Britain is “unlikely” to hit its export target, the Secretary of State for International Trade has admitted.
Liam Fox told the International Trade Committee on Wednesday it would be difficult to meet a target to increase UK exports to £1 trillion by 2020, set by former chancellor George Osborne.
Fox blamed low global growth for missing the trade goal, which was set in 2012 as a key part of a Government strategy to boost manufacturing.
Asked by MPs if he could “safely retire” the export target, Fox said “I think it is unlikely to be achievable by 2020”.
“In terms of the level of growth and global trade at the moment... that would make that difficult to achieve,” he said.
During the committee hearing Fox hit out at an article in the Huffington Post, which revealed his department was struggling to perform key duties and get staff into place.
He called the article “ill informed” and “insulting”, after he was challenged about its claims by International Trade Committee member Toby Perkins MP, but admitted he was currently trying to fill 96 department posts, parts of his department were “overworked”, he was looking across Whitehall for skilled staff he could “import”, and that he would have to “buy in” some skills.
“You’ll be aware of the article in January in the Huffington Post quoting trade groups and businesses saying your department was hiring third rate people, and people were running around like headless chickens trying to get civil servants into place”, Perkins said.
“I want to be sure... you have the quality and the resources in place that you need.”
“I thought that particular article was ill informed and I thought rather insulting to our staff,” Fox said.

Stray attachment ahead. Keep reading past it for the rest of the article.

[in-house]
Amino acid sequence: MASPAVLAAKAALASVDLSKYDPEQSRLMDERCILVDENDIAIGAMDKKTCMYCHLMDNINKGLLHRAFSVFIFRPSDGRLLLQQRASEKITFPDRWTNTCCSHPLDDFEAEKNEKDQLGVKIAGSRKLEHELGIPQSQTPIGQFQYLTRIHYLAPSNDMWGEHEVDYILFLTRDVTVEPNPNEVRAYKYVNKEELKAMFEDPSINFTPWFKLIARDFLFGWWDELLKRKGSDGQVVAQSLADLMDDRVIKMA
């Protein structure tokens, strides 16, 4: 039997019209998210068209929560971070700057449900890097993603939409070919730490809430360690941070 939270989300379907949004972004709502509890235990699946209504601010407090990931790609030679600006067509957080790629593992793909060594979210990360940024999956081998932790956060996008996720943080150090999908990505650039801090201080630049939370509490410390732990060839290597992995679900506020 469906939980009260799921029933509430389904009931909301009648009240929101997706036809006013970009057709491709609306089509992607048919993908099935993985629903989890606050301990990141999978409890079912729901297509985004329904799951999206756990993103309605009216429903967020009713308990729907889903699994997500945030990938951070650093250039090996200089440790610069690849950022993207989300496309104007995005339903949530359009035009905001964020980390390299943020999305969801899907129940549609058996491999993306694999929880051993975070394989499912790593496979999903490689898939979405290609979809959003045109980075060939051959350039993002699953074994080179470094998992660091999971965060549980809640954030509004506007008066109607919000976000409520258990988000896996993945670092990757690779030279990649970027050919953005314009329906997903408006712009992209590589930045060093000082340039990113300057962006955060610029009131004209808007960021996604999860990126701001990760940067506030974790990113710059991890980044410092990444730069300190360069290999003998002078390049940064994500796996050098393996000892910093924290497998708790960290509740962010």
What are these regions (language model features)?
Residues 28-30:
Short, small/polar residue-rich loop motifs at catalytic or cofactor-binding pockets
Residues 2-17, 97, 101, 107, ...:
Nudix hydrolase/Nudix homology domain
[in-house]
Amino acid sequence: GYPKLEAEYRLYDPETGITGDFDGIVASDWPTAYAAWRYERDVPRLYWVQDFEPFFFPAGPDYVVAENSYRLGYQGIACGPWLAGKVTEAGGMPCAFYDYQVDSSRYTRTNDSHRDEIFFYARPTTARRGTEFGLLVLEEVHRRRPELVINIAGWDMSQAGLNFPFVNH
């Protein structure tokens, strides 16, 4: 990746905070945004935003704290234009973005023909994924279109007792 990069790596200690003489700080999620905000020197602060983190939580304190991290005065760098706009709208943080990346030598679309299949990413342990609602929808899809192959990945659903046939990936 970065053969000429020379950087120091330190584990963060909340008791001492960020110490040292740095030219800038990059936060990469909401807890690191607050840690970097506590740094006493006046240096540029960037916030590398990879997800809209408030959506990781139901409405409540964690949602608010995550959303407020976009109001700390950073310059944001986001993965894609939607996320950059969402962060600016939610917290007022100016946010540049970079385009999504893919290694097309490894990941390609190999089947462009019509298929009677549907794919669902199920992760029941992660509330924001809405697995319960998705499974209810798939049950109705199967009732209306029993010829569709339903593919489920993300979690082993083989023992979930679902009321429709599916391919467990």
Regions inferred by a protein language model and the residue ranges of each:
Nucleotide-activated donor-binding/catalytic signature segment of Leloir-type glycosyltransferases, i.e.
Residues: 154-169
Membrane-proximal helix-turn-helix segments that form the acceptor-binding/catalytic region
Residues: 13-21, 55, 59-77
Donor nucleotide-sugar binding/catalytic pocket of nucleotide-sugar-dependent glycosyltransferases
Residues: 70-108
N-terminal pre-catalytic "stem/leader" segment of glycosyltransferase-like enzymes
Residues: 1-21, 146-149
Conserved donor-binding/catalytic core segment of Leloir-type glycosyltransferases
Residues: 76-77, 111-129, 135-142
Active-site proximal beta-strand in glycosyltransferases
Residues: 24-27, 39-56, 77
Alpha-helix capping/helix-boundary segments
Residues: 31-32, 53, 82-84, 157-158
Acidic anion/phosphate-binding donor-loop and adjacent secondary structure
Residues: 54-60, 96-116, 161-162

“Because we have been looking across Whitehall for the people we can import, and there is a lot of skill across Whitehall.”
“...Recently we identified a further 96 posts which we didn’t think we had the capability in Whitehall to fulfil.”
“...They are in the process of coming through our HR, which is one of the most overworked departments in the DIT, for obvious reasons.”
“...I don’t like when articles like that talk about the skilled staff we have already working in Whitehall as ‘second rate’,” he said.
“Third rate actually,” Perkins said.
“Yes, third rate, giving Huffington Post the benefit of the doubt, which is not something I would usually do,” Fox said, but admitted: “not all the skills will be available [in Whitehall] and some will have to be bought in.”
Earlier in the hearing on Wednesday Fox finally abandoned a key trade goal, telling MPs it was “good for us to have the ambition to do it”, but it was not likely to be met.
Trade bodies and business groups have long slated the target, which was part of Osborne’s “march of the makers” manufacturing plans, as over-ambitious.
In 2015 the Office of Budget Responsibility forecast the UK’s exports would have to grow by a third to meet the goal.
Labour’s Liam Byrne, a member of the committee, which was set up to scrutinise Fox’s department, told The Huffington Post UK last month the MP was “living a lie” over meeting the target by 2020.
“They have a target that isn’t deliverable. It’s early days, and we wish them all the best, but flying round the world talking up the future of trade deals isn’t much good for exporters that need help today”, he told HuffPost UK.
In September Fox told the Conservatives’ annual conference trade was “back at the heart of the Government’s agenda”.
He said “it is a sad fact that only 11% of British companies export anything beyond our borders..”
“We know from the performance of our best that we could do much better overall.”
Commenting on the dropped target, Liberal Democrat MP Alistair Carmichael said:
“The abandoning of this target shows Liam Fox’s boasts about increasing trade after Brexit were nothing but hot air.
“The best way to help British exporters is to remain in the Single Market, but instead this government is opting for the hardest of hard Brexits.
“The stark truth is that far-flung trade deals will never be able to replace the biggest market in the world that is sitting our doorstep.
“As more and more of the Brexiteers’ claims begin to fall apart, it’s vital we ensure the British people get the final say at the end of this process.”